Men, over-30 users are more influential than others, study finds
By Randy Dotinga
THURSDAY, June 21 (HealthDay News) -- A new study of Facebook provides possible hints as to the identity of people who get listened to the most when voicing opinions or pitching products and who's most likely to do the listening.
The value of the research is limited since it only looks at one product. Still, the study suggests that men are major influencers, while younger users and married people are the least susceptible to suggestion.
The researchers sought to figure out who influences whom by tracking 1.3 million Facebook users. Specifically, they followed 7,730 users who tried out an application that allowed them to rate movies and actors, among other Hollywood-related subjects.
Whenever a user rated something, Facebook randomly sent messages to that user's Facebook friends disclosing the rating and including information about the application.
The researchers were able to track who had the most success when it came to convincing others to try the application and who was most likely to be convinced. However, not many people seemed interested in the application: The notifications went out to almost 42,000 Facebook friends, but only 976 actually tried it out.
Among the findings: Women have more influence on men than other women, and people 30 and older are more influential than younger people.
Study lead author Sinan Aral -- who has been working with Facebook -- cautioned that the research only looked at the one product. It will take more study to gain a wider picture.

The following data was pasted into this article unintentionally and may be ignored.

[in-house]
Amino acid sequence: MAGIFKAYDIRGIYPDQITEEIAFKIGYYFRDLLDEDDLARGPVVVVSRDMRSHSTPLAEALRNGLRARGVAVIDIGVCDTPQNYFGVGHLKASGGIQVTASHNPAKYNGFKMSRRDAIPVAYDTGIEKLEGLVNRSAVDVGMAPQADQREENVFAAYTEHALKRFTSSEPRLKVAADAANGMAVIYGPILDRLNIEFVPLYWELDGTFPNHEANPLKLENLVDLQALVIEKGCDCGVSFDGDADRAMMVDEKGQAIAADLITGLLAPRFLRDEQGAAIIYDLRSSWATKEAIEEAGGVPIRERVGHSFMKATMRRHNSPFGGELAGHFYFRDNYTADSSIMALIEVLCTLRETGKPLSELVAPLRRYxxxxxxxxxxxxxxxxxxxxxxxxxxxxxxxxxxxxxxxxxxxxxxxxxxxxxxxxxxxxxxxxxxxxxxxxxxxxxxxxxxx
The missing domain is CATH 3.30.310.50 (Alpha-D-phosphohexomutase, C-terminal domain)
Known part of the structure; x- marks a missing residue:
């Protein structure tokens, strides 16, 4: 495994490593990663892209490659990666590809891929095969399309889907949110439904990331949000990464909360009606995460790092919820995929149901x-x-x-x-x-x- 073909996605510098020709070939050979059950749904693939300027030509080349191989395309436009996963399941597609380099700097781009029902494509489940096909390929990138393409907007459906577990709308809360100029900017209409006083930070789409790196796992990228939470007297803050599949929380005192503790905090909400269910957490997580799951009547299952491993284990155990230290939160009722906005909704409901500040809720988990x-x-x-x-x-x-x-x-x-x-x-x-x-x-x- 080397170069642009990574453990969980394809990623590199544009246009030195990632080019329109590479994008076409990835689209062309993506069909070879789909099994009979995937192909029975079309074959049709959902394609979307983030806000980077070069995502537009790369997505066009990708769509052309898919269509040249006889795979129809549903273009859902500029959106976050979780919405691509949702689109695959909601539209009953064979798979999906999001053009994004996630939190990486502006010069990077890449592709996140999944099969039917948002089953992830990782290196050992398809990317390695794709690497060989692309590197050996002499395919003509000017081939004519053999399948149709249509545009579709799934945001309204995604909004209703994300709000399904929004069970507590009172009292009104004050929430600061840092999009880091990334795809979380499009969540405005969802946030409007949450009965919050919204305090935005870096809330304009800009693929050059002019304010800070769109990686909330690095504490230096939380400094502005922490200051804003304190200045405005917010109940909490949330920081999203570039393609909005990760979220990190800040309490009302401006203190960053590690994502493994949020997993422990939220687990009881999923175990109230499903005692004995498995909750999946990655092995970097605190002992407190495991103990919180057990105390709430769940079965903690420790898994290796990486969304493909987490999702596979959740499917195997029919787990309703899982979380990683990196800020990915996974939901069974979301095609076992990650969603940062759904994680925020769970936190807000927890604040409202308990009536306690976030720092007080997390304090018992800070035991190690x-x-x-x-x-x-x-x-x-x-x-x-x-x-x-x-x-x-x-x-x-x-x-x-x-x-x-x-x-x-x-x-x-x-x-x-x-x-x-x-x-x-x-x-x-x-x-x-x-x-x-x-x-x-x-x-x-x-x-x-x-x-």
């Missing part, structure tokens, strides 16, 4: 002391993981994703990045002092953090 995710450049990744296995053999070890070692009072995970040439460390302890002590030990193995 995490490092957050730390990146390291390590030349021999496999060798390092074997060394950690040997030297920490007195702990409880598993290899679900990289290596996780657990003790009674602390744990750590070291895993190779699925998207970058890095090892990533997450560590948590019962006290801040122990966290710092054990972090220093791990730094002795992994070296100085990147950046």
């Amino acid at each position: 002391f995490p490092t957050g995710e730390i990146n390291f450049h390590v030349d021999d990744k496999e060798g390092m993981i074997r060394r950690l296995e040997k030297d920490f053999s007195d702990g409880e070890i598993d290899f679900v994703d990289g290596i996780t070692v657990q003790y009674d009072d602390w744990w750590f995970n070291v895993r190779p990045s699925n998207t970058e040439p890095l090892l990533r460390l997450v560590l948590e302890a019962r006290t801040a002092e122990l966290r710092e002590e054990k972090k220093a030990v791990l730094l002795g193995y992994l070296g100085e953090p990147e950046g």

The ultimate plan is to figure out how to best determine which people should get pitches, said Aral, an assistant professor of information, operations and management science at New York University.
"These types of targeted advertising will be based on whether you're a likely candidate to be influential considering the type of product," Aral said. "The idea is to make sure that people get the messages that they are most interested in and less spammy interactions."
This kind of ultra-focused targeting will make some people nervous. But Aral said its potential surpasses products and might be used, for example, to help boost awareness about health campaigns or politics.
What could advertisers of computer applications do with information from this kind of study?
"You'll want to use estimates from our methods to find people who are more influential, who have friends who are susceptible, and have a low spontaneous likelihood of adopting the program on their own," Aral said. That way, advertisers won't waste money trying to reach influential people who don't need coaxing to try a product.
Tanya Rosenblat, an associate professor of economics at Iowa State University who studies social networks, cautioned that there's a major question regarding how to interpret the results. If someone hears that a Facebook friend uses the application and then tries it herself, is she being influenced or simply imitating the other person? "For example, if you find out that your best friend invests in AT&T stock, you might want to imitate her because she is a good investor. But this is a form of social learning rather than persuasion."
This sort of influencing of the influencers could spell trouble, Rosenblat said. "Since influential people tend to be less susceptible, it's likely that we overweigh their opinions compared to the opinions of others. Say a company tries to influence a population by influencing the influencers: This might be a way to swing public opinion."
The study was published online June 21 in the journal Science.
The American Psychological Association has more on social networking.
SOURCES: Sinan Aral, Ph.D., assistant professor, information, operations and management science, New York University Stern School of Business, New York City; Tanya S. Rosenblat, Ph.D., associate professor, economics, Iowa State University, Ames, Iowa; June 21, 2012, Science, online
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